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THE UNGRATEFUL GUEST








Among the soldiers of King Philip there was a poor man who had done
some brave deeds. He had pleased the king in more ways than one, and
so the king put a good deal of trust in him.

One day this soldier was on board of a ship at sea when a great storm
came up. The winds drove the ship upon the rocks, and it was wrecked.
The soldier was cast half-drowned upon the shore; and he would have
died there, had it not been for the kind care of a farmer who lived
close by.


When the soldier was well enough to go home, he thanked the farmer for
what he had done, and promised that he would repay him for his
kindness.

But he did not mean to keep his promise. He did not tell King Philip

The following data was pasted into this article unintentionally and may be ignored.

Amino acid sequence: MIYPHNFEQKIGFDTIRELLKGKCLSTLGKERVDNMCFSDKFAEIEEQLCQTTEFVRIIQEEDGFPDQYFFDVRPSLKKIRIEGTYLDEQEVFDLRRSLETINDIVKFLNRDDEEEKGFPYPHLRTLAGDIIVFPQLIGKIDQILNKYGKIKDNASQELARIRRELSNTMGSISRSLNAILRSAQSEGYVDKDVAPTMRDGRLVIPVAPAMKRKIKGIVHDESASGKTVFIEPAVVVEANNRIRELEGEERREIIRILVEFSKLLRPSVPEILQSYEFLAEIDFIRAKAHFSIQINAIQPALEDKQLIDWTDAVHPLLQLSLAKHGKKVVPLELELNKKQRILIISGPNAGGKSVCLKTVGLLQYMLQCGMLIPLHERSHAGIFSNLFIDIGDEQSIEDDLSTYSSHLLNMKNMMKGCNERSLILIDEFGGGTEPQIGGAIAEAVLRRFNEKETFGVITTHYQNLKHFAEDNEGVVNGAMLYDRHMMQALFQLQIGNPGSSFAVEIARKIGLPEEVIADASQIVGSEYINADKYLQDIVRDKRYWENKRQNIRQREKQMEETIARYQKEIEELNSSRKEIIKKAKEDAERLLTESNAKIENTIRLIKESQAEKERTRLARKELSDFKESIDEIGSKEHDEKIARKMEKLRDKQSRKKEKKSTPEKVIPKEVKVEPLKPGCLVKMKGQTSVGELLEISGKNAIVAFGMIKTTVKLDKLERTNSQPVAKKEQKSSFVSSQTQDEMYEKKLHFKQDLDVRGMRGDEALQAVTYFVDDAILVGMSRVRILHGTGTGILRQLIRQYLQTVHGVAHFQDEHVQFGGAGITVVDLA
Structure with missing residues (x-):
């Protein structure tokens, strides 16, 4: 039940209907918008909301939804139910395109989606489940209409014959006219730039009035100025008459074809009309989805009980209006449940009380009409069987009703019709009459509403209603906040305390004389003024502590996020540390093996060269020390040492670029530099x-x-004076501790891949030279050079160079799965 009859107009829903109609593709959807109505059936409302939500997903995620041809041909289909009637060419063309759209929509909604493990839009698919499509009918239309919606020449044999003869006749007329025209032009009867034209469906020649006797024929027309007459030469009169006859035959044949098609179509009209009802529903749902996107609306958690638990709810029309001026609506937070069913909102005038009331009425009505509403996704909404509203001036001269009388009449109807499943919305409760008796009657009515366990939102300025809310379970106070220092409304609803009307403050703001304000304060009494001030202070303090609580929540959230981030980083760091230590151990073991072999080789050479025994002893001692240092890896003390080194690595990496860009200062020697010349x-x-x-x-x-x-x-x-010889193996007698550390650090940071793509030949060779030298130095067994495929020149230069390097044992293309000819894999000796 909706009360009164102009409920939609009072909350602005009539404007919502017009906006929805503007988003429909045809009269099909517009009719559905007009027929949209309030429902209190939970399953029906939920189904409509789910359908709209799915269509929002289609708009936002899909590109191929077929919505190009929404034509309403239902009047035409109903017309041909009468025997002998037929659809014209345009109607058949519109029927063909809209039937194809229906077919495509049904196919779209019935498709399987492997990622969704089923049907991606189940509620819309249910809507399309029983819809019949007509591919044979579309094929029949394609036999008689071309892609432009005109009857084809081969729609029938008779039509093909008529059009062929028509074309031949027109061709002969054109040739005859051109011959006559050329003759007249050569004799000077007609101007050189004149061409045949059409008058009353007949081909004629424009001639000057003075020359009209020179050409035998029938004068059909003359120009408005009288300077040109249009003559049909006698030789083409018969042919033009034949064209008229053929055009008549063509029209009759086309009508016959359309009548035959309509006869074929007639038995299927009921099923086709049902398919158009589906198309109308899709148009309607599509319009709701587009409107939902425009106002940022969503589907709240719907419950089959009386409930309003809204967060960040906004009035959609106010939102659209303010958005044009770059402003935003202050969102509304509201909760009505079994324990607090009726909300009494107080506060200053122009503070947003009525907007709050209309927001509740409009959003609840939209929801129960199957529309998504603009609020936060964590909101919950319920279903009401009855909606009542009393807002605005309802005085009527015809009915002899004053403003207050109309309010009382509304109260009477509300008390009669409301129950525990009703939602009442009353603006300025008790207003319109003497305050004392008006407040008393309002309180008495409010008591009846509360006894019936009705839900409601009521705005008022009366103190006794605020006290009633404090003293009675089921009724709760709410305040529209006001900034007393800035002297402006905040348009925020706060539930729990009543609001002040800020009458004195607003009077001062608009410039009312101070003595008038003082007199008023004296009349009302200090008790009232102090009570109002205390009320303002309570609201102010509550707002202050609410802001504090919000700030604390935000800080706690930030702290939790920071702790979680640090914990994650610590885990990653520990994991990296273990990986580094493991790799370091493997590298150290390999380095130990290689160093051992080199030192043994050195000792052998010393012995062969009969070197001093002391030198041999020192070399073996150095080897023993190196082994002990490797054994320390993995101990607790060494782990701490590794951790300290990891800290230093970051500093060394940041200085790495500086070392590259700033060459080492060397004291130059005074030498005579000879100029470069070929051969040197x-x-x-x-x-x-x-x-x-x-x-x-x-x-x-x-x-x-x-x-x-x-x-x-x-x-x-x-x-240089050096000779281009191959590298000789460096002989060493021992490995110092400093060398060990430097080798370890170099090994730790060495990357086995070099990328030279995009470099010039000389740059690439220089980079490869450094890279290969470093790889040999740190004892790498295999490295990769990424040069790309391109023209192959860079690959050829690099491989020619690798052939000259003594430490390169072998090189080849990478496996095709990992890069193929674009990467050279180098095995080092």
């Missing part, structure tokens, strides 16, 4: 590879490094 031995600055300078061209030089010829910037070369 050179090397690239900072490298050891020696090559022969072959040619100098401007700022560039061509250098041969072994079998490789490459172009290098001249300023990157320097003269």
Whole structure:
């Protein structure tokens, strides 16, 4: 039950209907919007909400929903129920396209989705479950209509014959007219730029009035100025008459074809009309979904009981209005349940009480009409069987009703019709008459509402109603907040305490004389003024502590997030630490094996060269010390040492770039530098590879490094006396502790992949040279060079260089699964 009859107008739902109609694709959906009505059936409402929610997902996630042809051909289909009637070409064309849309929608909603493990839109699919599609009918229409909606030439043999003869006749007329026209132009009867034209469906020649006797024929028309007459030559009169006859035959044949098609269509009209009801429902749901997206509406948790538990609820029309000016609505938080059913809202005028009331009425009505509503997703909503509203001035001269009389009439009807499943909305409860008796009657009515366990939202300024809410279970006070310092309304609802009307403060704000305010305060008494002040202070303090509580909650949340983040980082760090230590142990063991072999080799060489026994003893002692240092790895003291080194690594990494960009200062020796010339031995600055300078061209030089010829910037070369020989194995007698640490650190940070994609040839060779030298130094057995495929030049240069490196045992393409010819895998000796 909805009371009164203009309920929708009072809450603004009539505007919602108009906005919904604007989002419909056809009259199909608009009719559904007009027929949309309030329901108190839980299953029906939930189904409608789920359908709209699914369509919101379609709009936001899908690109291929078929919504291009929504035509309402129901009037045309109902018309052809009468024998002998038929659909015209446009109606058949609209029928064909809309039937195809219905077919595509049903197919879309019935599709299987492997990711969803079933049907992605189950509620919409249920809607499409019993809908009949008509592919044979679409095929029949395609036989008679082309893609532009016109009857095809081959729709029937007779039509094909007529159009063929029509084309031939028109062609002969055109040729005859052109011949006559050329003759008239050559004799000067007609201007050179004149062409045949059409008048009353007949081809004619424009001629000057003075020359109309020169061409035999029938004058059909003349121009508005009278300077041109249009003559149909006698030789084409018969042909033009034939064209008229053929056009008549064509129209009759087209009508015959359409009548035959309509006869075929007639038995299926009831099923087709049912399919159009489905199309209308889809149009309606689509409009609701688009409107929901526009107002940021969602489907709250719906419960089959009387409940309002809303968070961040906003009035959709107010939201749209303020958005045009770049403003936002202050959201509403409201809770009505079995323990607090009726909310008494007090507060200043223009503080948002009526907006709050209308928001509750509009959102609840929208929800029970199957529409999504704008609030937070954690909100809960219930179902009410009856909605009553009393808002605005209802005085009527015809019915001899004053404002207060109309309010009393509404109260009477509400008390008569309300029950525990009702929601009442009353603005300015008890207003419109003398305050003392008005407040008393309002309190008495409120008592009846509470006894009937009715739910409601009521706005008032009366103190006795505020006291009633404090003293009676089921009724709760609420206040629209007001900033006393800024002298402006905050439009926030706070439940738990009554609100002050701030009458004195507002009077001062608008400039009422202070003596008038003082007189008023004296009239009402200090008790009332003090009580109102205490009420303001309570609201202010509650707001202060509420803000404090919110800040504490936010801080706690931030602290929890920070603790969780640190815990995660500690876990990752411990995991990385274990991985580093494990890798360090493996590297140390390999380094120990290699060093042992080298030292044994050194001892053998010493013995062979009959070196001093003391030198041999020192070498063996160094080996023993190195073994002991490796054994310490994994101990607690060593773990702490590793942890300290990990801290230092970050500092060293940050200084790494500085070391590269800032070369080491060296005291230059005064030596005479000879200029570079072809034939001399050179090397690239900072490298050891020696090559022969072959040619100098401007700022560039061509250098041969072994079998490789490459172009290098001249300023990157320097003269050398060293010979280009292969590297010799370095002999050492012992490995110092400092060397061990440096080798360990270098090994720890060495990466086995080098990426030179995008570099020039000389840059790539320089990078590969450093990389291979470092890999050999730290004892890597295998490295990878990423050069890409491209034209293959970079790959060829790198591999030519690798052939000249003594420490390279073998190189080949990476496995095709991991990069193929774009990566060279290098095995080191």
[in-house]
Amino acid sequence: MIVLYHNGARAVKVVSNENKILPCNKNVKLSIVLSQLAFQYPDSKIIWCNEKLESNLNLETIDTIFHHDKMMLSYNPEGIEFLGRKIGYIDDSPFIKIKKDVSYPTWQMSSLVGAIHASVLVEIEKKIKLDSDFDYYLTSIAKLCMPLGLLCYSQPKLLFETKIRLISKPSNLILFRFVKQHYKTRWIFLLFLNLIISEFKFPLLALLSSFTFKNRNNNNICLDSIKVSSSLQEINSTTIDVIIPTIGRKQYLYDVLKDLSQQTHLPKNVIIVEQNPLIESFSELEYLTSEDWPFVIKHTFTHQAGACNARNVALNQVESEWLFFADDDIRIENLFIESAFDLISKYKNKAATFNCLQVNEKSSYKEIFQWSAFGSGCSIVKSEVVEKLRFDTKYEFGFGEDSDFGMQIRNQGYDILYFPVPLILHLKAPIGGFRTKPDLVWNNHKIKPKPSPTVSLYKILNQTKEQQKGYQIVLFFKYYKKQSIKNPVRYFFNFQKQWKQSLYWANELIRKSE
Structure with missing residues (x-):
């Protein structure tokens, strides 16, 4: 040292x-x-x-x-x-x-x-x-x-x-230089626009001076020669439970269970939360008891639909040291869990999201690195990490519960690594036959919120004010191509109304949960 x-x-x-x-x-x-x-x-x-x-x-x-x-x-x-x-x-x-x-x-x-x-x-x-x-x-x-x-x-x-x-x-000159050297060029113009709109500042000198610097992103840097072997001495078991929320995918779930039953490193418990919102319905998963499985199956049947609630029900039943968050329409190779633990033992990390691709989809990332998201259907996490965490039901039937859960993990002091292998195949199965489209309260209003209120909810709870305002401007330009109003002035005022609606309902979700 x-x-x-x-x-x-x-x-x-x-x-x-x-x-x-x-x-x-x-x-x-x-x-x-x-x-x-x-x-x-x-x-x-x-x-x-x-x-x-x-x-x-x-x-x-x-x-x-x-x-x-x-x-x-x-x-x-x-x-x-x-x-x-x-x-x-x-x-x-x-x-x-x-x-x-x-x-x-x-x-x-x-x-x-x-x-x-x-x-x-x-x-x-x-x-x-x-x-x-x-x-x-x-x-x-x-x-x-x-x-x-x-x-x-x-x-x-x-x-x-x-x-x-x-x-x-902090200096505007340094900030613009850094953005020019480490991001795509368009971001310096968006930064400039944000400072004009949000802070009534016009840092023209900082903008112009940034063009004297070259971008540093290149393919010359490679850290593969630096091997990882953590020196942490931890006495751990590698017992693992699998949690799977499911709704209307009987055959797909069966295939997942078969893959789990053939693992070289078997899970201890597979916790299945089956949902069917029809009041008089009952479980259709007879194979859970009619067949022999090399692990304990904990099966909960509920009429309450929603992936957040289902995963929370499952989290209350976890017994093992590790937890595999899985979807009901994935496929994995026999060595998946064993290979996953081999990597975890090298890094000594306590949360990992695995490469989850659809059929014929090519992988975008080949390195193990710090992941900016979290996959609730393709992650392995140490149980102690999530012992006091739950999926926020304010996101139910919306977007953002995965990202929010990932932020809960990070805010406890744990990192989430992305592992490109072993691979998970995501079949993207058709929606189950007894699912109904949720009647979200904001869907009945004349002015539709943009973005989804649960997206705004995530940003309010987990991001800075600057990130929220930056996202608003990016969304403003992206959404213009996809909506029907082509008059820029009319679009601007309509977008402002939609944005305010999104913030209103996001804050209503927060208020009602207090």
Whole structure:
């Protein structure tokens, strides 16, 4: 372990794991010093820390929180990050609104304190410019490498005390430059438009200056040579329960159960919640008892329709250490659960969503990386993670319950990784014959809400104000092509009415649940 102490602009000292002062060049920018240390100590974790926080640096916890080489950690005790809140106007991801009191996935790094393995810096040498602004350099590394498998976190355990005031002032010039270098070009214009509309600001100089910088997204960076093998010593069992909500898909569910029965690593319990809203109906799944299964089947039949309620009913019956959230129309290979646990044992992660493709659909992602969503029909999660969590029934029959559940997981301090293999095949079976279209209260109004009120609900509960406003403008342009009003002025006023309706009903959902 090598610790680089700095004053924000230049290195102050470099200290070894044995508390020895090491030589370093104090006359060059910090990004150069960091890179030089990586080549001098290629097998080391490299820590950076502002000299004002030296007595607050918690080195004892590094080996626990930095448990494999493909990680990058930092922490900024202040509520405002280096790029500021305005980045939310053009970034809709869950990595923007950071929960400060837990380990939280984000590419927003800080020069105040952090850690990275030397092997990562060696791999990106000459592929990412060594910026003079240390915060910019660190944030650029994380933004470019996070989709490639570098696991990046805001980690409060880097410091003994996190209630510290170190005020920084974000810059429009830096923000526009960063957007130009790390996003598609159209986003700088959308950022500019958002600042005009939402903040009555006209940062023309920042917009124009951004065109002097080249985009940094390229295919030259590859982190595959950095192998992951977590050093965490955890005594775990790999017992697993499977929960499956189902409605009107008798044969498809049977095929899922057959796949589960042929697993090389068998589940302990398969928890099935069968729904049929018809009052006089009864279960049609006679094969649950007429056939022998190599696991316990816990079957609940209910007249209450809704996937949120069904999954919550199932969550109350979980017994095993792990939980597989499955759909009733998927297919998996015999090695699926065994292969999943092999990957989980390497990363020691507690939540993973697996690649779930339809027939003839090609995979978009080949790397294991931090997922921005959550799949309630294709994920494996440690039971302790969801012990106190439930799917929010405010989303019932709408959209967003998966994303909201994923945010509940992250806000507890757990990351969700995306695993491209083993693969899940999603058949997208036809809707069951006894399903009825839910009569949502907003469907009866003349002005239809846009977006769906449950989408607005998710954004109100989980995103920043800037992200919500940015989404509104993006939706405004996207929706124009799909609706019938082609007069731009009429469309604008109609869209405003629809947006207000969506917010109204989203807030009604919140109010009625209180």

about the man who had saved his life. He only said that there was a
fine farm by the seashore, and that he would like very much to have
it for his own. Would the king give it to him?

"Who owns the farm now?" asked Philip.

"Only a churlish farmer, who has never done anything for his country,"
said the soldier.

"Very well, then," said Philip. "You have served me for a long time,
and you shall have your wish. Go and take the farm for yourself."

And so the soldier made haste to drive the farmer from his house and
home. He took the farm for his own.

The poor farmer was stung to the heart by such treat-ment. He went
boldly to the king, and told the whole story from beginning to end.
King Philip was very angry when he learned that the man whom he had
trusted had done so base a deed. He sent for the soldier in great
haste; and when he had come, he caused these words to be burned in his
forehead:-- "THE UNGRATEFUL GUEST."

Thus all the world was made to know of the mean act by which the
soldier had tried to enrich himself; and from that day until he died
all men shunned and hated him.





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